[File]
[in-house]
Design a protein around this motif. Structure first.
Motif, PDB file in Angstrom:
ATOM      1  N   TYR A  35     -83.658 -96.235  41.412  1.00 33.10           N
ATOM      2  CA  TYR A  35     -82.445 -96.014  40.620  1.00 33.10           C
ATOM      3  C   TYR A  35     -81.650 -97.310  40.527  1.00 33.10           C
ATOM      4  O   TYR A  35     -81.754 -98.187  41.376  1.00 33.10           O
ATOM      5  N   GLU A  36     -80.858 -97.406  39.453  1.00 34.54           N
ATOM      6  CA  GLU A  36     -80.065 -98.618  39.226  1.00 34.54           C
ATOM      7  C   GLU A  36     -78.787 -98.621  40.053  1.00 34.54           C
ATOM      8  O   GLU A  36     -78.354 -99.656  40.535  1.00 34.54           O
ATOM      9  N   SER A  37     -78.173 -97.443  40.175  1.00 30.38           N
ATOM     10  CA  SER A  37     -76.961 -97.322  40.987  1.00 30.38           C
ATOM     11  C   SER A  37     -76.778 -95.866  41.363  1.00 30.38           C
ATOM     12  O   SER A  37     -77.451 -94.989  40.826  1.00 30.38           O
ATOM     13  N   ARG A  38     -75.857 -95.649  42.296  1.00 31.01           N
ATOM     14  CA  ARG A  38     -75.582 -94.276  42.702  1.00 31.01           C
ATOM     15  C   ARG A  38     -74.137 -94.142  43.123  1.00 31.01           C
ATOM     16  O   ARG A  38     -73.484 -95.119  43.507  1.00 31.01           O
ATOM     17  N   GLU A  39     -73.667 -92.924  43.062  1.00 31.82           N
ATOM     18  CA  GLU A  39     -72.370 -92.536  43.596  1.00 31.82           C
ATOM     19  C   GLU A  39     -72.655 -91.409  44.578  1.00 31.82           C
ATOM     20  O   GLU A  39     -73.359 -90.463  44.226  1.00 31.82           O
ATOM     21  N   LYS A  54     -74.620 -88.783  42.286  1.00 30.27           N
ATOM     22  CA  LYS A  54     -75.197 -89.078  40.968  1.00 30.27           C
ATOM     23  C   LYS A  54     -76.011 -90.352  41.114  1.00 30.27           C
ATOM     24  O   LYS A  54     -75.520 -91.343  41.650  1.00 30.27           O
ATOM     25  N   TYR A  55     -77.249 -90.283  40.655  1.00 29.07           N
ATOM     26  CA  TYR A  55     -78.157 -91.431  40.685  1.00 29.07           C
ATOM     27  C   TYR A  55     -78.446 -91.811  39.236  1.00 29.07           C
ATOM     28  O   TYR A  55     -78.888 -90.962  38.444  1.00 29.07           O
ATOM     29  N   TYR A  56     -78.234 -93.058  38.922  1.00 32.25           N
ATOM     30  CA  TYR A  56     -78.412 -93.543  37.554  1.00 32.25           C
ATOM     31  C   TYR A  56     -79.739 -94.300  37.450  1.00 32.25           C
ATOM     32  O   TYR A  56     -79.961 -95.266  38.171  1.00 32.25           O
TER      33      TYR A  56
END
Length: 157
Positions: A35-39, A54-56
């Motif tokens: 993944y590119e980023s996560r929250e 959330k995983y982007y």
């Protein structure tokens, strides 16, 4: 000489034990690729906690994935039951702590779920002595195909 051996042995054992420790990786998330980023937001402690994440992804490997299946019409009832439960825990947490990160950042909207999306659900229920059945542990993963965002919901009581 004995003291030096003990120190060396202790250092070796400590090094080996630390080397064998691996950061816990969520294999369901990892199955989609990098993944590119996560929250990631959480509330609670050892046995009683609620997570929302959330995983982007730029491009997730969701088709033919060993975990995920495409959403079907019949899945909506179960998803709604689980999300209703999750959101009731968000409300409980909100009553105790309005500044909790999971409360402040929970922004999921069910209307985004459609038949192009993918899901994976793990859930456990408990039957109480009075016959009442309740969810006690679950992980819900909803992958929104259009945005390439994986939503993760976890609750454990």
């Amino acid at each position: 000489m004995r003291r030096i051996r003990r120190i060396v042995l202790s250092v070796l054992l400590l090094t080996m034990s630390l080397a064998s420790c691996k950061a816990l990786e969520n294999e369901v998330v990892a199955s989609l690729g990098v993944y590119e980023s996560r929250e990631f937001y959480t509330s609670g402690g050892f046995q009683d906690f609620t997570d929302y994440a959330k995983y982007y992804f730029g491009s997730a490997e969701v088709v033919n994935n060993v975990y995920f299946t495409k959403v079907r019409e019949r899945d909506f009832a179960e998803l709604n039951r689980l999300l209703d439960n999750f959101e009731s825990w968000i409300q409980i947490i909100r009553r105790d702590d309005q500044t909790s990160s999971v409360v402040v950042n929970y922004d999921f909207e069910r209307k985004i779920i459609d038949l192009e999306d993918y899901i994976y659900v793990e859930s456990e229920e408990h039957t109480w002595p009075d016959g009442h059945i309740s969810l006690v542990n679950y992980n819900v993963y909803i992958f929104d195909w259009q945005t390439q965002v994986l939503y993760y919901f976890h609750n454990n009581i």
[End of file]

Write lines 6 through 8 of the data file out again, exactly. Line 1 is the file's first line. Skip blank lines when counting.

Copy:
ATOM      3  C   TYR A  35     -81.650 -97.310  40.527  1.00 33.10           C
ATOM      4  O   TYR A  35     -81.754 -98.187  41.376  1.00 33.10           O
ATOM      5  N   GLU A  36     -80.858 -97.406  39.453  1.00 34.54           N